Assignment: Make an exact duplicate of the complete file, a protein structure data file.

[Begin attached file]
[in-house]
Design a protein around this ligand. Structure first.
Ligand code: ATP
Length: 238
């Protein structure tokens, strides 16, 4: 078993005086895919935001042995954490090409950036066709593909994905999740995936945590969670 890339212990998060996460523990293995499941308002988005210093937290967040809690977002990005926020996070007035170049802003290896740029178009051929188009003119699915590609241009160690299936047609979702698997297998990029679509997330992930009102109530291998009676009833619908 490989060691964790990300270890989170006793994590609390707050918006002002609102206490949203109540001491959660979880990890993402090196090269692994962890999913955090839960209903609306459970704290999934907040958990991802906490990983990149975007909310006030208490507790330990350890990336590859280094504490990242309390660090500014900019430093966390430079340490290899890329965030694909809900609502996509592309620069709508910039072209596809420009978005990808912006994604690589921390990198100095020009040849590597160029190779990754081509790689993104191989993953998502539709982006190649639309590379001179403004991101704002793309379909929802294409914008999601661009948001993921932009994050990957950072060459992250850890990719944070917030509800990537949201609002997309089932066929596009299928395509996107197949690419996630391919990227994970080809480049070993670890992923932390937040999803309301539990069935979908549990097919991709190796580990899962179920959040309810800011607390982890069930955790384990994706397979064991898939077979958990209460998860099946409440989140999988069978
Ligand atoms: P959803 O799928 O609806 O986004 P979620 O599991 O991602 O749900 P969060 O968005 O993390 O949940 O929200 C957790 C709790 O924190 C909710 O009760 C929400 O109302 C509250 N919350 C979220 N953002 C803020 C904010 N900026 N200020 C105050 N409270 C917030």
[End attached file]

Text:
[in-house]
Design a protein around this ligand. Structure first.
Ligand code: ATP
Length: 238
């Protein structure tokens, strides 16, 4: 078993005086895919935001042995954490090409950036066709593909994905999740995936945590969670 890339212990998060996460523990293995499941308002988005210093937290967040809690977002990005926020996070007035170049802003290896740029178009051929188009003119699915590609241009160690299936047609979702698997297998990029679509997330992930009102109530291998009676009833619908 490989060691964790990300270890989170006793994590609390707050918006002002609102206490949203109540001491959660979880990890993402090196090269692994962890999913955090839960209903609306459970704290999934907040958990991802906490990983990149975007909310006030208490507790330990350890990336590859280094504490990242309390660090500014900019430093966390430079340490290899890329965030694909809900609502996509592309620069709508910039072209596809420009978005990808912006994604690589921390990198100095020009040849590597160029190779990754081509790689993104191989993953998502539709982006190649639309590379001179403004991101704002793309379909929802294409914008999601661009948001993921932009994050990957950072060459992250850890990719944070917030509800990537949201609002997309089932066929596009299928395509996107197949690419996630391919990227994970080809480049070993670890992923932390937040999803309301539990069935979908549990097919991709190796580990899962179920959040309810800011607390982890069930955790384990994706397979064991898939077979958990209460998860099946409440989140999988069978
Ligand atoms: P959803 O799928 O609806 O986004 P979620 O599991 O991602 O749900 P969060 O968005 O993390 O949940 O929200 C957790 C709790 O924190 C909710 O009760 C929400 O109302 C509250 N919350 C979220 N953002 C803020 C904010 N900026 N200020 C105050 N409270 C917030």